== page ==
Well, no -- they actually transfer in a new girl (Lee Sui Kay), and more strange things start to happen. One girl commits suicide, and the school's priest has a sudden heart attack after telling the new principal Pinky Cheung that Lee is the "son of Satan" (one example of the great subtitles in here). Now, again, you might think they would shut down the school, but nope -- plus Diana is still running around doing wacky things like cooking dog heads. I know things are run a bit differently in Hong Kong, but this is ridiculous. Anyway, more of the students are killed (my favorite one is the girl who gets a pool cue into her eye, but since X Imp has a budget of fifity cents, she has to run around holding it by her eye to make it appear as if it's sticking in there), and eventually there's a lame plot twist at the end when the "true" ghost is revealed, after an unabashed rip-off of the "spirit cam" from Evil Dead.
I really don't know where to start with this one. There are a lot of points to raise here, and they're all bad. X Imp is as low-budget as they come. The movie was obviously shot in a matter of days; Michael Wong sports the exact same outfit in every one of his scenes, even though the movie's timeline spans several days. The gore effects -- normally one of the easiest things to pull off, even in no-budget movies -- look horrible. Particularly laughable is the dog's head Diana cooks up, which looks like a toy stuffed poodle covered with ketchup. Other "scary" effects include guys with jackets pulled over their head to make them appear headless, and the mainstay of cheap horror movies, maggots.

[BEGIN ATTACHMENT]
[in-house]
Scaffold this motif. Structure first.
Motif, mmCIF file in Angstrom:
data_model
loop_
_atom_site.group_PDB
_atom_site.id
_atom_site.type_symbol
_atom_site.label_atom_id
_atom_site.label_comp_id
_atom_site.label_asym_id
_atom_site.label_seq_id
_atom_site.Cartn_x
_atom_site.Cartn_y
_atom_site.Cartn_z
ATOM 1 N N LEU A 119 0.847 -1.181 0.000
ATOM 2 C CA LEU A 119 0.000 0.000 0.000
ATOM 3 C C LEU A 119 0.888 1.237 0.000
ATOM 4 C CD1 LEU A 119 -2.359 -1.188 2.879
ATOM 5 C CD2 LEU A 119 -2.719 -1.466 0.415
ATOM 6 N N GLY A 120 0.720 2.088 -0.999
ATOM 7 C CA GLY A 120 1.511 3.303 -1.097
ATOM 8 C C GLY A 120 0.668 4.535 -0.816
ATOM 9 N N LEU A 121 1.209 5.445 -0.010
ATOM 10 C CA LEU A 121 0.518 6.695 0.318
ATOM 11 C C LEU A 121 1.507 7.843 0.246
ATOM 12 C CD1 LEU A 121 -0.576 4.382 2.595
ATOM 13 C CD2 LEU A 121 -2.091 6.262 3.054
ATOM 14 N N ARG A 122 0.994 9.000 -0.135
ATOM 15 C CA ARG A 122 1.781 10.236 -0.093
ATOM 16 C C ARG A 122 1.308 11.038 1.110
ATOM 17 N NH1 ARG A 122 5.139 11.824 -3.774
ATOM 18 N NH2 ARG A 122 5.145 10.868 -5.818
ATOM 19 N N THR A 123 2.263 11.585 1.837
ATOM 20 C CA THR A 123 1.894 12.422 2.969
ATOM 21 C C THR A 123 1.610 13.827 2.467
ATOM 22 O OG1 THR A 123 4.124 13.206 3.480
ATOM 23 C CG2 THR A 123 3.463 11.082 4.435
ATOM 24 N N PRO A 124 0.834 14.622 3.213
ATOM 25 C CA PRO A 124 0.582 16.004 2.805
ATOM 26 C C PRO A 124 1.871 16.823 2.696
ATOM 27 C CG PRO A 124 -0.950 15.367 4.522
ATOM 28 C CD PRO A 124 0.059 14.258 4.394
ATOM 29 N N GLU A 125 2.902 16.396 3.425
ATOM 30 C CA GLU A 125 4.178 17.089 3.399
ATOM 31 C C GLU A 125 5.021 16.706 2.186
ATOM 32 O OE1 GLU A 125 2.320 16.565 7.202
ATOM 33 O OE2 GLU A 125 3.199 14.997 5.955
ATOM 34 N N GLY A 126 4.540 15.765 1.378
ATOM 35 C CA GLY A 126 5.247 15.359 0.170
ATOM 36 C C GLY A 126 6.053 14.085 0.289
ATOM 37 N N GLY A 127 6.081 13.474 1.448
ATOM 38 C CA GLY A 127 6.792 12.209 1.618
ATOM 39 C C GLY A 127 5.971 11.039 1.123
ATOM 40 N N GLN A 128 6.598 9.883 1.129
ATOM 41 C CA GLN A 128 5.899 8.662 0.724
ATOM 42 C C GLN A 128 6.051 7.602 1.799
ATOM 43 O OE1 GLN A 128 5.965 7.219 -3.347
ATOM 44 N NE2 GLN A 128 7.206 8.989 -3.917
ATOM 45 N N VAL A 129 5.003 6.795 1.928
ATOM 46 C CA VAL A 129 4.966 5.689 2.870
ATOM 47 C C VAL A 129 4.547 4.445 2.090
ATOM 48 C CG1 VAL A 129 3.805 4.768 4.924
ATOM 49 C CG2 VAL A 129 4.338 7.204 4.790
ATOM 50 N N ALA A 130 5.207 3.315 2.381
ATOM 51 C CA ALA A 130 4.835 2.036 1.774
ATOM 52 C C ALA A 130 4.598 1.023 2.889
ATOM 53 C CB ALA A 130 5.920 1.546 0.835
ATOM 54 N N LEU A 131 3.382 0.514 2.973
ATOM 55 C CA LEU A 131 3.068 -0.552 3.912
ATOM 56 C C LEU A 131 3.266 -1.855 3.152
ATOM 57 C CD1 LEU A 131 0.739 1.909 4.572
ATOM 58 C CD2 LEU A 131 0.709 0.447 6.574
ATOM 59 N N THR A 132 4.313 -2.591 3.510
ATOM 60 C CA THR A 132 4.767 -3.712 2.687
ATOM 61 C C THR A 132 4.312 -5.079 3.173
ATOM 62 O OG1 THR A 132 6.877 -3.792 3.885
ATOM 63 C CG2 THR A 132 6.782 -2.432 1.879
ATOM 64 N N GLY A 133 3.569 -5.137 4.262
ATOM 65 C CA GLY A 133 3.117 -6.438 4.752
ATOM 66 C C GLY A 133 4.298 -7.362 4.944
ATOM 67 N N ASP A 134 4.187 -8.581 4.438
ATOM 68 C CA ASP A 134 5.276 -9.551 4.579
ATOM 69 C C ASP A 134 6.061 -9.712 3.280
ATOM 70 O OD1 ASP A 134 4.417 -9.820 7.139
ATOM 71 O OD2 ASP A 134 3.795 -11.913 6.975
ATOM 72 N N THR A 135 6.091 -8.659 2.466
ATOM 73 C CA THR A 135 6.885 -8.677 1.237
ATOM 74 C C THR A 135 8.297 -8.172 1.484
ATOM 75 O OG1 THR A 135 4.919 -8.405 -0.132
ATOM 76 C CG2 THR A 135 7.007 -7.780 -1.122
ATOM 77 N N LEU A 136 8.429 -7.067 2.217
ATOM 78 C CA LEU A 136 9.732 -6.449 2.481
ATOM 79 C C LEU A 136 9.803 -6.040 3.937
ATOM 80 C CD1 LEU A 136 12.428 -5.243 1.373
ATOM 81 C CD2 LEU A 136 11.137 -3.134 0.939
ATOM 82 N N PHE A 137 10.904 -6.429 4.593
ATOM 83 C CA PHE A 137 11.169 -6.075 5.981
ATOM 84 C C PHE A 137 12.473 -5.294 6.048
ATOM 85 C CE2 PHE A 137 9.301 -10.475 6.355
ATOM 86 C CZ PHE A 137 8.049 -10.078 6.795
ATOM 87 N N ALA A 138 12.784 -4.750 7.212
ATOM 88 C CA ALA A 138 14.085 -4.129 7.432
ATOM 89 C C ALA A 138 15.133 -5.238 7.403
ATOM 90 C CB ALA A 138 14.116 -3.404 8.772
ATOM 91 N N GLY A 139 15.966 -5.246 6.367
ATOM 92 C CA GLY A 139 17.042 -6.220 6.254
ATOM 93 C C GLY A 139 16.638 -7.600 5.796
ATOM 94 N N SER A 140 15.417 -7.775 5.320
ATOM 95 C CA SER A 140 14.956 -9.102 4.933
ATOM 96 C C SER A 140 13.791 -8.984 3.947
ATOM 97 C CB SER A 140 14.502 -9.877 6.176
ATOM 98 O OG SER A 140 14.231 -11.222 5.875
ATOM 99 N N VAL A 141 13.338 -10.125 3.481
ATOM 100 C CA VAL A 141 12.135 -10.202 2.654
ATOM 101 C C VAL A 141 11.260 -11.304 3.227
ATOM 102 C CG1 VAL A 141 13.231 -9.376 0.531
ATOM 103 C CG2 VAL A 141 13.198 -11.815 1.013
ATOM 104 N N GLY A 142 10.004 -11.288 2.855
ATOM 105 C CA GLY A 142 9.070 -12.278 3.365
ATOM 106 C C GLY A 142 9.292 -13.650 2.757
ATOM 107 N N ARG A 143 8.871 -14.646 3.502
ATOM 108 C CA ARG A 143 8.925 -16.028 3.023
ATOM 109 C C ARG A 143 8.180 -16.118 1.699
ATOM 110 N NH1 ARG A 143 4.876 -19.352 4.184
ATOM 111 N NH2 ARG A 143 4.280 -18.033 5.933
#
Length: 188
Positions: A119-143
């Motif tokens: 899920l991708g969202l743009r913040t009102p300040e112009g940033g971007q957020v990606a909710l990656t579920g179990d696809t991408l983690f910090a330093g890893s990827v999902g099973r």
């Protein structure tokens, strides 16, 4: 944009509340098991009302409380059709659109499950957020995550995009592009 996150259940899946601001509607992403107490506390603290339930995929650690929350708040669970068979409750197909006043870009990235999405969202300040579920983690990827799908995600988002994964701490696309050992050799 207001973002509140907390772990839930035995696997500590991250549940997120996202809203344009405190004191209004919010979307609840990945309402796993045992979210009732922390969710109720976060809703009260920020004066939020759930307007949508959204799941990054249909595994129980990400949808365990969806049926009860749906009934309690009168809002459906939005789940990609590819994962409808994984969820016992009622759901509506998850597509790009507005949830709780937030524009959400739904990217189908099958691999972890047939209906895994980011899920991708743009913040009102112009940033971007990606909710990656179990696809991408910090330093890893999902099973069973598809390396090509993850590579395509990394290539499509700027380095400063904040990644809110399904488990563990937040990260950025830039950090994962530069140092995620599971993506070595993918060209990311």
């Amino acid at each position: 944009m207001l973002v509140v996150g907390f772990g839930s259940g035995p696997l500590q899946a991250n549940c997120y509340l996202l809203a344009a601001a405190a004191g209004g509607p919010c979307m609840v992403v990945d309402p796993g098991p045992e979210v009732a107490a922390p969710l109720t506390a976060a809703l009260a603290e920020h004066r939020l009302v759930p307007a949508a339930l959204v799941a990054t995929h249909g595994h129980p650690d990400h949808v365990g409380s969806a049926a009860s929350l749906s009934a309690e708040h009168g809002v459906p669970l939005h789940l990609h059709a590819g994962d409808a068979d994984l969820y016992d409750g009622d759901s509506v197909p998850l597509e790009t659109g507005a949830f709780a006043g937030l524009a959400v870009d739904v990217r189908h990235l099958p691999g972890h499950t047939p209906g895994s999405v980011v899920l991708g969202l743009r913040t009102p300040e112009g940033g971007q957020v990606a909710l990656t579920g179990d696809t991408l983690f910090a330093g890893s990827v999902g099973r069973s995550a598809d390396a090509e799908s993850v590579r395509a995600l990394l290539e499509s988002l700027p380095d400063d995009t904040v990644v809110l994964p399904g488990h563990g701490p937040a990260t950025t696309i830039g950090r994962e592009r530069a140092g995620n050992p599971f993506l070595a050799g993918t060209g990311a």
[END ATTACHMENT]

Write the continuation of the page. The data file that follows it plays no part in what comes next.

Now on to the script; even with two screenwriters, there was obviously little attention paid to it. X Imp seems to struggle to even get to its' short eighty-two minute running time, with a good deal of filler scenes that offer nothing and are just thrown away. One example is a long scene between Loui and Lee that suppoedly sets up a romance and a new plot twist, but is ditched minutes later. If you're going to pad a cheap movie, I have three words for you: tits and ass, not love story fluff. Even with a good script, the actors in X Imp probably couldn't do anything with it, though it's hard to tell with the atrociously bad dubbed soundtrack. Let's put it this way -- the guy they found to dub Michael Wong is actually worse that Mikey's usual painful Chinglish.
X Imp does manage to create a couple of chills, the musical score is good, and there is some decent eye candy from the actors... but that's about all it has to offer. There are a lot better horror films out there, and they deserve your time before you sit down with this. Even die-hard Diana Pang Dan fanboys should stay away.
[review from www.hkfilm.net]